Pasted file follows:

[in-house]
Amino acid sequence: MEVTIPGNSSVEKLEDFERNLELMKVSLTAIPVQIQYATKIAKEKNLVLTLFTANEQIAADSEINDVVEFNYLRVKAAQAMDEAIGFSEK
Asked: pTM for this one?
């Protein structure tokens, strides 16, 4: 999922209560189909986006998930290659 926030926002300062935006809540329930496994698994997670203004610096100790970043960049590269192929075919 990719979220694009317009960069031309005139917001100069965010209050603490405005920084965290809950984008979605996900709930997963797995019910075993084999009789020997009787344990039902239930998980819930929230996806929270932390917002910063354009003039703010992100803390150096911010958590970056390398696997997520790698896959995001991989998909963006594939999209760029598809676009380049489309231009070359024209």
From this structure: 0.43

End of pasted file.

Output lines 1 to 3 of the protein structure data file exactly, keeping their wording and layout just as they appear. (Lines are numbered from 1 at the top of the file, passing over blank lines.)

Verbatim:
[in-house]
Amino acid sequence: MEVTIPGNSSVEKLEDFERNLELMKVSLTAIPVQIQYATKIAKEKNLVLTLFTANEQIAADSEINDVVEFNYLRVKAAQAMDEAIGFSEK
Asked: pTM for this one?